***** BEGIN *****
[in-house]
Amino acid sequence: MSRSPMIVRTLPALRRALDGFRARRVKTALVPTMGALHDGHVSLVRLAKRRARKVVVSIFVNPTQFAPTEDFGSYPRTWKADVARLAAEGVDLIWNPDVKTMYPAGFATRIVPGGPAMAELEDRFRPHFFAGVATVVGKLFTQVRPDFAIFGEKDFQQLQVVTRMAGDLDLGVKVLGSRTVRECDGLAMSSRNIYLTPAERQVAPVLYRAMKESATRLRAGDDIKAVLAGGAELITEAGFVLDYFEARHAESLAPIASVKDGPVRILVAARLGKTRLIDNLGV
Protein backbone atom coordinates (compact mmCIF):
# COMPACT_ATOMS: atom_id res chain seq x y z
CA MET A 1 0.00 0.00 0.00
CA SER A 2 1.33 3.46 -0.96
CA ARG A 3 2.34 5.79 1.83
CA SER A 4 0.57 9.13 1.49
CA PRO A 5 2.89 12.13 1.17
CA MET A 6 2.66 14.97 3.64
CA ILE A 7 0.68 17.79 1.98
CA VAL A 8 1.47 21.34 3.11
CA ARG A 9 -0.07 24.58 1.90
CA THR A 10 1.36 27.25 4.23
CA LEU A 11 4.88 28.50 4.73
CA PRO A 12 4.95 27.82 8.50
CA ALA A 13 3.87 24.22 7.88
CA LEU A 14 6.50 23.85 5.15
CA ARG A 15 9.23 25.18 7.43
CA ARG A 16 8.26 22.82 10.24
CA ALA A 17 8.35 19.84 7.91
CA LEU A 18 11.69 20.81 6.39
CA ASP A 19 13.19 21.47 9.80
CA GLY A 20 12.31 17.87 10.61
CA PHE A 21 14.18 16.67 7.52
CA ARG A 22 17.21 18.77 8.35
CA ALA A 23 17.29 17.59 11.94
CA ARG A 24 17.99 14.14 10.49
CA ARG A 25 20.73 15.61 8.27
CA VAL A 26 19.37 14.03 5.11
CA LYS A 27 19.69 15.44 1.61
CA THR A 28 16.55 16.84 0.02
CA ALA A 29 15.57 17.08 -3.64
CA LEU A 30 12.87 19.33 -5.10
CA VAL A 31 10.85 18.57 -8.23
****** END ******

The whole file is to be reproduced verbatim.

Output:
[in-house]
Amino acid sequence: MSRSPMIVRTLPALRRALDGFRARRVKTALVPTMGALHDGHVSLVRLAKRRARKVVVSIFVNPTQFAPTEDFGSYPRTWKADVARLAAEGVDLIWNPDVKTMYPAGFATRIVPGGPAMAELEDRFRPHFFAGVATVVGKLFTQVRPDFAIFGEKDFQQLQVVTRMAGDLDLGVKVLGSRTVRECDGLAMSSRNIYLTPAERQVAPVLYRAMKESATRLRAGDDIKAVLAGGAELITEAGFVLDYFEARHAESLAPIASVKDGPVRILVAARLGKTRLIDNLGV
Protein backbone atom coordinates (compact mmCIF):
# COMPACT_ATOMS: atom_id res chain seq x y z
CA MET A 1 0.00 0.00 0.00
CA SER A 2 1.33 3.46 -0.96
CA ARG A 3 2.34 5.79 1.83
CA SER A 4 0.57 9.13 1.49
CA PRO A 5 2.89 12.13 1.17
CA MET A 6 2.66 14.97 3.64
CA ILE A 7 0.68 17.79 1.98
CA VAL A 8 1.47 21.34 3.11
CA ARG A 9 -0.07 24.58 1.90
CA THR A 10 1.36 27.25 4.23
CA LEU A 11 4.88 28.50 4.73
CA PRO A 12 4.95 27.82 8.50
CA ALA A 13 3.87 24.22 7.88
CA LEU A 14 6.50 23.85 5.15
CA ARG A 15 9.23 25.18 7.43
CA ARG A 16 8.26 22.82 10.24
CA ALA A 17 8.35 19.84 7.91
CA LEU A 18 11.69 20.81 6.39
CA ASP A 19 13.19 21.47 9.80
CA GLY A 20 12.31 17.87 10.61
CA PHE A 21 14.18 16.67 7.52
CA ARG A 22 17.21 18.77 8.35
CA ALA A 23 17.29 17.59 11.94
CA ARG A 24 17.99 14.14 10.49
CA ARG A 25 20.73 15.61 8.27
CA VAL A 26 19.37 14.03 5.11
CA LYS A 27 19.69 15.44 1.61
CA THR A 28 16.55 16.84 0.02
CA ALA A 29 15.57 17.08 -3.64
CA LEU A 30 12.87 19.33 -5.10
CA VAL A 31 10.85 18.57 -8.23